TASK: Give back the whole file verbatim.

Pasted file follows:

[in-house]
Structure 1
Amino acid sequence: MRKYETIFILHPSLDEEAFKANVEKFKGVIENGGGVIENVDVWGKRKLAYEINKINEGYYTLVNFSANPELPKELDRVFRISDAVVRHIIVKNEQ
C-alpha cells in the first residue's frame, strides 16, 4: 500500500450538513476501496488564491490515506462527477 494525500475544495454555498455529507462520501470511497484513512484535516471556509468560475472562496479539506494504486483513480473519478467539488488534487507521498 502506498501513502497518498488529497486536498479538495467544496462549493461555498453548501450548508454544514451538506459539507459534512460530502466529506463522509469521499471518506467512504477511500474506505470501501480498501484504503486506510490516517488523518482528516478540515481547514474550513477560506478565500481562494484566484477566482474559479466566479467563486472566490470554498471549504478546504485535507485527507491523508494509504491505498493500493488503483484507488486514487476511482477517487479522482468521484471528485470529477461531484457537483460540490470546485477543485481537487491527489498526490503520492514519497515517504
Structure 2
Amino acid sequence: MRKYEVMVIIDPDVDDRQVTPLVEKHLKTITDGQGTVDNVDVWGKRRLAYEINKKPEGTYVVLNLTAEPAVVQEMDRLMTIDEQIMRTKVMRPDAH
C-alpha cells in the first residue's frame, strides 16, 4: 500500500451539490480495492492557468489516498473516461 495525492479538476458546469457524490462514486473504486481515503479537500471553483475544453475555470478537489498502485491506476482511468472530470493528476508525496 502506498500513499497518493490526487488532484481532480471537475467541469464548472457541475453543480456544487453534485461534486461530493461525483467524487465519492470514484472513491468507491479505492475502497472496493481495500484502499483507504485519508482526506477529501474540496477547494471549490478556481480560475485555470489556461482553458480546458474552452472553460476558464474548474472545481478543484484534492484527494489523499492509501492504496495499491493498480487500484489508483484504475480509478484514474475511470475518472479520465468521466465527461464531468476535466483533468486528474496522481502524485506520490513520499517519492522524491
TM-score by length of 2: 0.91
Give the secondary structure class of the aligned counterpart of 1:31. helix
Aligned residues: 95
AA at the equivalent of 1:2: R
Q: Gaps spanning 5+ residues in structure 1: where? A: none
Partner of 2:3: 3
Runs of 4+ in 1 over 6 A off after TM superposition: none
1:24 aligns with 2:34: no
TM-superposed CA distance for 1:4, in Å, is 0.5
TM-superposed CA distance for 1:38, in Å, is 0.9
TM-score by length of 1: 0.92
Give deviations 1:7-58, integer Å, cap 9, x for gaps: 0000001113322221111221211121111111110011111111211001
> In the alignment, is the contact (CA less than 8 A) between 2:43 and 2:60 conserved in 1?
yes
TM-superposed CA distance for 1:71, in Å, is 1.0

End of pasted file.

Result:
[in-house]
Structure 1
Amino acid sequence: MRKYETIFILHPSLDEEAFKANVEKFKGVIENGGGVIENVDVWGKRKLAYEINKINEGYYTLVNFSANPELPKELDRVFRISDAVVRHIIVKNEQ
C-alpha cells in the first residue's frame, strides 16, 4: 500500500450538513476501496488564491490515506462527477 494525500475544495454555498455529507462520501470511497484513512484535516471556509468560475472562496479539506494504486483513480473519478467539488488534487507521498 502506498501513502497518498488529497486536498479538495467544496462549493461555498453548501450548508454544514451538506459539507459534512460530502466529506463522509469521499471518506467512504477511500474506505470501501480498501484504503486506510490516517488523518482528516478540515481547514474550513477560506478565500481562494484566484477566482474559479466566479467563486472566490470554498471549504478546504485535507485527507491523508494509504491505498493500493488503483484507488486514487476511482477517487479522482468521484471528485470529477461531484457537483460540490470546485477543485481537487491527489498526490503520492514519497515517504
Structure 2
Amino acid sequence: MRKYEVMVIIDPDVDDRQVTPLVEKHLKTITDGQGTVDNVDVWGKRRLAYEINKKPEGTYVVLNLTAEPAVVQEMDRLMTIDEQIMRTKVMRPDAH
C-alpha cells in the first residue's frame, strides 16, 4: 500500500451539490480495492492557468489516498473516461 495525492479538476458546469457524490462514486473504486481515503479537500471553483475544453475555470478537489498502485491506476482511468472530470493528476508525496 502506498500513499497518493490526487488532484481532480471537475467541469464548472457541475453543480456544487453534485461534486461530493461525483467524487465519492470514484472513491468507491479505492475502497472496493481495500484502499483507504485519508482526506477529501474540496477547494471549490478556481480560475485555470489556461482553458480546458474552452472553460476558464474548474472545481478543484484534492484527494489523499492509501492504496495499491493498480487500484489508483484504475480509478484514474475511470475518472479520465468521466465527461464531468476535466483533468486528474496522481502524485506520490513520499517519492522524491
TM-score by length of 2: 0.91
Give the secondary structure class of the aligned counterpart of 1:31. helix
Aligned residues: 95
AA at the equivalent of 1:2: R
Q: Gaps spanning 5+ residues in structure 1: where? A: none
Partner of 2:3: 3
Runs of 4+ in 1 over 6 A off after TM superposition: none
1:24 aligns with 2:34: no
TM-superposed CA distance for 1:4, in Å, is 0.5
TM-superposed CA distance for 1:38, in Å, is 0.9
TM-score by length of 1: 0.92
Give deviations 1:7-58, integer Å, cap 9, x for gaps: 0000001113322221111221211121111111110011111111211001
> In the alignment, is the contact (CA less than 8 A) between 2:43 and 2:60 conserved in 1?
yes
TM-superposed CA distance for 1:71, in Å, is 1.0